Digital evolution

Digital evolution


It is fascinating to observe human behavior. Of great interest to me is the intersection with the practices evolving to deal with the digital world, manifested in all sorts of unexpected ways.

One is the huge range of digital tools now available using the so called ‘Freemium” model. Give away a  subset of the software’s capability for free, thus getting trial and hopefully conversion to the paid versions. This has been very successful for many platforms, LinkedIn, Mailchimp, Surveymonkey, and is increasingly being applied by platforms to generate advertising revenue as they offer free user access to the platform.

On the other hand, over human evolution, there are lots of common characteristics  evident, three in particular that are relevant to any discussion of the freemium model that most would recognise:

  1. People want what they cannot have.
  2. People chase things that are moving away from them
  3. People value what they have to pay for, irrespective of the payment being in effort or some other means of exchange.


At first glance the Freemium software model is  breaking these evolutionary rules, but on closer examination they are actually using them to their advantage.

By making the paid capabilities of the software explicit as free users try to do more and more with the familiarity that comes with software use, they get frustrated with the limitations and upgrade to the paid version.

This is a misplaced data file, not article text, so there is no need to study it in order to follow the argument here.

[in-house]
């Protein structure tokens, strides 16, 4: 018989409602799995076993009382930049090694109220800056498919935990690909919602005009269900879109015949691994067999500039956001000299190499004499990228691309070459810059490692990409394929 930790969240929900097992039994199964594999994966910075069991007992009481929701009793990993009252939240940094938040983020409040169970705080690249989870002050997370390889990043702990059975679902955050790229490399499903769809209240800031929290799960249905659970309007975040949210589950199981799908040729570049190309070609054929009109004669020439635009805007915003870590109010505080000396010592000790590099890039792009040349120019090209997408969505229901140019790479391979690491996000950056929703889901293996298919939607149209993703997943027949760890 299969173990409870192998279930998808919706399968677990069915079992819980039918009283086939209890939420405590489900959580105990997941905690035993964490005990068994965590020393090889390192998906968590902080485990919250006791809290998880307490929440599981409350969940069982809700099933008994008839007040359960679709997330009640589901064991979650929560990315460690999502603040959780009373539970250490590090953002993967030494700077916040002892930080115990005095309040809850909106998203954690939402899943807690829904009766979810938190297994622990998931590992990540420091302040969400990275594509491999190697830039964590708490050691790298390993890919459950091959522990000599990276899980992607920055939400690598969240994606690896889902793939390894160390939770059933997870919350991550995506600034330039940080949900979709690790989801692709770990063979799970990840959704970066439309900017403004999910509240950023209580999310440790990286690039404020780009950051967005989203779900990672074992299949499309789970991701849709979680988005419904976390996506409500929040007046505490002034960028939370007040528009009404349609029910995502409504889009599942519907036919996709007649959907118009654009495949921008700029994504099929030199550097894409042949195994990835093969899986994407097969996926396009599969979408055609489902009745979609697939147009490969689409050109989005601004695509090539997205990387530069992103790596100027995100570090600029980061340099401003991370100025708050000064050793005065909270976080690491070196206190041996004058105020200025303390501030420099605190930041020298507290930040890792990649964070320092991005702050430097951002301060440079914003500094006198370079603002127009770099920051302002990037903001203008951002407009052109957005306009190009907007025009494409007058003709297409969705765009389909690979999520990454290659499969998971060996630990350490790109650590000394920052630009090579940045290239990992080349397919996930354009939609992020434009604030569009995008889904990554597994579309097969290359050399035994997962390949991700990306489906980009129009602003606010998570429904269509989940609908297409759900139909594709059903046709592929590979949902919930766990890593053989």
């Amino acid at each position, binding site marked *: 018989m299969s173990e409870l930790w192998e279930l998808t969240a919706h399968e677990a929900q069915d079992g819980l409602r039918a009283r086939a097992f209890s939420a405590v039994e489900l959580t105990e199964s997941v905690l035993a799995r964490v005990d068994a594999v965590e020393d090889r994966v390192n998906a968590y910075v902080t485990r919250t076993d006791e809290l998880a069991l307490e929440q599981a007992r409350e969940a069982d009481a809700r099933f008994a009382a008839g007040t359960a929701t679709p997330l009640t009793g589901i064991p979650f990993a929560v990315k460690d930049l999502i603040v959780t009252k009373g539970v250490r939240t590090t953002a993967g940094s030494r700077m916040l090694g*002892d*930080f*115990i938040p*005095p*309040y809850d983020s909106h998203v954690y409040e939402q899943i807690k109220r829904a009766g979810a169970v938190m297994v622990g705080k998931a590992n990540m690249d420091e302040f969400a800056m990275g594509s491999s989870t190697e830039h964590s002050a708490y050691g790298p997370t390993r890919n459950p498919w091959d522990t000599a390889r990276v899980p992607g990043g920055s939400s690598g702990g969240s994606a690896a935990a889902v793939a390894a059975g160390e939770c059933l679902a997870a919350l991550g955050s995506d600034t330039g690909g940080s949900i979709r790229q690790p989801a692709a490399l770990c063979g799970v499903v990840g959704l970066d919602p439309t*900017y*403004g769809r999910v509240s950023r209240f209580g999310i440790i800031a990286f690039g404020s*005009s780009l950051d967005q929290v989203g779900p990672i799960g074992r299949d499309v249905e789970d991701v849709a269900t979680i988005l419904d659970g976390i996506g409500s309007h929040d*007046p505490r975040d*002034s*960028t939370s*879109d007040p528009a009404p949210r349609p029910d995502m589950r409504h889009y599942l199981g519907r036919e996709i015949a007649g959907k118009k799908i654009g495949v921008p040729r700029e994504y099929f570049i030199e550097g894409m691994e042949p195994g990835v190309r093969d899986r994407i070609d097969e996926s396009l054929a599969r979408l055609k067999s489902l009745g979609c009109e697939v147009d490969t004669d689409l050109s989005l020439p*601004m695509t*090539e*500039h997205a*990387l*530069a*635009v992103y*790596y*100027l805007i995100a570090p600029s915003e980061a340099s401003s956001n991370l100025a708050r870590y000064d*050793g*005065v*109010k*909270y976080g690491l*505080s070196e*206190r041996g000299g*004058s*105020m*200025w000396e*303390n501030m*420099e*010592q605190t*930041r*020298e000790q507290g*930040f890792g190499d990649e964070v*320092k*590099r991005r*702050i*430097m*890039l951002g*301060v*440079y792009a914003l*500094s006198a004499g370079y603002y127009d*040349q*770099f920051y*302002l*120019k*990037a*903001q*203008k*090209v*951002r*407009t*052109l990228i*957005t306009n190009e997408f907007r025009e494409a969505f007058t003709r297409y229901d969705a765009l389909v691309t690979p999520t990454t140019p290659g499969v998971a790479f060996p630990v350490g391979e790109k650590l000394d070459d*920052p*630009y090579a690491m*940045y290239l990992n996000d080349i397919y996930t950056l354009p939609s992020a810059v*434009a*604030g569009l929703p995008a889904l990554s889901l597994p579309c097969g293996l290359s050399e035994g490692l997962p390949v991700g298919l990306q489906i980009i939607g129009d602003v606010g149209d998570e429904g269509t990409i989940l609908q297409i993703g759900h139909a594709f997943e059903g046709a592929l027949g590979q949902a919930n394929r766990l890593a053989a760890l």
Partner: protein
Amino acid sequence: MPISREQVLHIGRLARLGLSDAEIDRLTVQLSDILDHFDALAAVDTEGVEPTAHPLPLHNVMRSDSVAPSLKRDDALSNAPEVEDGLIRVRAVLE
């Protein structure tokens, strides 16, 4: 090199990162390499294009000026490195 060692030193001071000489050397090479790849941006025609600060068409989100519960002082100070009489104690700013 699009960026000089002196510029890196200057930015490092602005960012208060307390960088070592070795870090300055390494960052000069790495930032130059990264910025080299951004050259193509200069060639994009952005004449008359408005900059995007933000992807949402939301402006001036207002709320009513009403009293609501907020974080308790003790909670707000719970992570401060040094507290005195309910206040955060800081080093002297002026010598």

For small businesses,  whatever the business they are in, from the local retailer to service provider, combining these forces can work for you.

For example, if you want your car serviced, do you want it serviced by the bloke who can fit it in today, or the bloke who is so busy you have to wait 2 weeks?

It might also cost a bit more.

Creating some tension, then enabling people to resolve the tension, generally delivers greater satisfaction with the outcome, as those converted find ways to justify to themselves the value  of their decision.

It has certainly worked with me, and it allows small businesses particularly to experiment at low cost, with nothing at risk apart from a  bit of time.